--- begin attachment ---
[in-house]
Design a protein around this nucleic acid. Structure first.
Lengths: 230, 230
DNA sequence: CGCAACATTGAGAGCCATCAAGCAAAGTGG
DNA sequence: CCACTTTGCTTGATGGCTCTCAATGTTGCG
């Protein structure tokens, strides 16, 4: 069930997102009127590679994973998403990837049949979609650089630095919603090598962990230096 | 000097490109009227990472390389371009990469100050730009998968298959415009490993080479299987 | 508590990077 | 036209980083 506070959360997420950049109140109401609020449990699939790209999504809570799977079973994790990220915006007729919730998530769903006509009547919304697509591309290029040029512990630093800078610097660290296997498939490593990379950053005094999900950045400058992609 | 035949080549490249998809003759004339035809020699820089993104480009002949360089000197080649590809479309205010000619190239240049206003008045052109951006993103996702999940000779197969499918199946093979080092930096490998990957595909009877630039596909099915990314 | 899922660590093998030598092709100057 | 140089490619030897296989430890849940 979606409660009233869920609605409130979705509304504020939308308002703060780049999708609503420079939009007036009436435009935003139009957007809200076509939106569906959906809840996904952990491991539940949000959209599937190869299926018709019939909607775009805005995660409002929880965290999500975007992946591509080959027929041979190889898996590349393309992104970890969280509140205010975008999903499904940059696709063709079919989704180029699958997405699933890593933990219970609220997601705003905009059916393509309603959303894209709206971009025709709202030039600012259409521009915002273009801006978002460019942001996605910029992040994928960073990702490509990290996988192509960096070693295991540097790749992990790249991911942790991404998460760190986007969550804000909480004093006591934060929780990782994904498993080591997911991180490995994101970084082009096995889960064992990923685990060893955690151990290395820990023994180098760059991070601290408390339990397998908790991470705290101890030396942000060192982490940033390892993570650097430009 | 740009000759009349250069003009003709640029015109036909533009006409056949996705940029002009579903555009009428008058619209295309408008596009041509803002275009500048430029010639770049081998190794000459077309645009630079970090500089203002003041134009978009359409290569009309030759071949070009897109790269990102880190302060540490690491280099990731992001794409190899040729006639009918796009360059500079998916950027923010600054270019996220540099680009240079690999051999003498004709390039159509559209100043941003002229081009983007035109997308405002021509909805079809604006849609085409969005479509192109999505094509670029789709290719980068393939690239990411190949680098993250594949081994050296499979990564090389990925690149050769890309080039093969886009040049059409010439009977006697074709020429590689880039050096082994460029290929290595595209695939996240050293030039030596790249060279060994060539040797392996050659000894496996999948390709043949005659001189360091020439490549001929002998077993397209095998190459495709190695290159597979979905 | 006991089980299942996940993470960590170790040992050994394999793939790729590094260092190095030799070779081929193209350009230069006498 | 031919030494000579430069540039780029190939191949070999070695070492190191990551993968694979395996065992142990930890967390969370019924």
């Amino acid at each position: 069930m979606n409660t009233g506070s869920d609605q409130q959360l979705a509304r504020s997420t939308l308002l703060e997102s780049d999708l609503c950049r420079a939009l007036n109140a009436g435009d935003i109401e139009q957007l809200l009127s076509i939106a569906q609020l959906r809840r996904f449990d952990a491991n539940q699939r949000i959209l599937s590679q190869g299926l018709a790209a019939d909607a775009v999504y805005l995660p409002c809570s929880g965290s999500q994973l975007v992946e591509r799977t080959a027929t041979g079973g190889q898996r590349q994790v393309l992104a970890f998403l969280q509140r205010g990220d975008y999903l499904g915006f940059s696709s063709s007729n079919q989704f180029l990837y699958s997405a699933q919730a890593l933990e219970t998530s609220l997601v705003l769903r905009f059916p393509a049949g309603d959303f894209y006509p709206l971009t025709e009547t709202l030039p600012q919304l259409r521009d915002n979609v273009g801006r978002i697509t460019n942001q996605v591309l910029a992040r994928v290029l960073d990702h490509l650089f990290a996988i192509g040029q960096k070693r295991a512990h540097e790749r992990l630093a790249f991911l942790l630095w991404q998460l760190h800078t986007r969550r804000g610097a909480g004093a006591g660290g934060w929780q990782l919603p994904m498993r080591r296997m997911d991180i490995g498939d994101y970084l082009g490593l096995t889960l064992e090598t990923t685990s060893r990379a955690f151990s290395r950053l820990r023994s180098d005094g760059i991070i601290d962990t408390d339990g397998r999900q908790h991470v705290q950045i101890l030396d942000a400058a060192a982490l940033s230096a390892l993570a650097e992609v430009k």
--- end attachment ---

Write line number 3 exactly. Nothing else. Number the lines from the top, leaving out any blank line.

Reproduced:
Lengths: 230, 230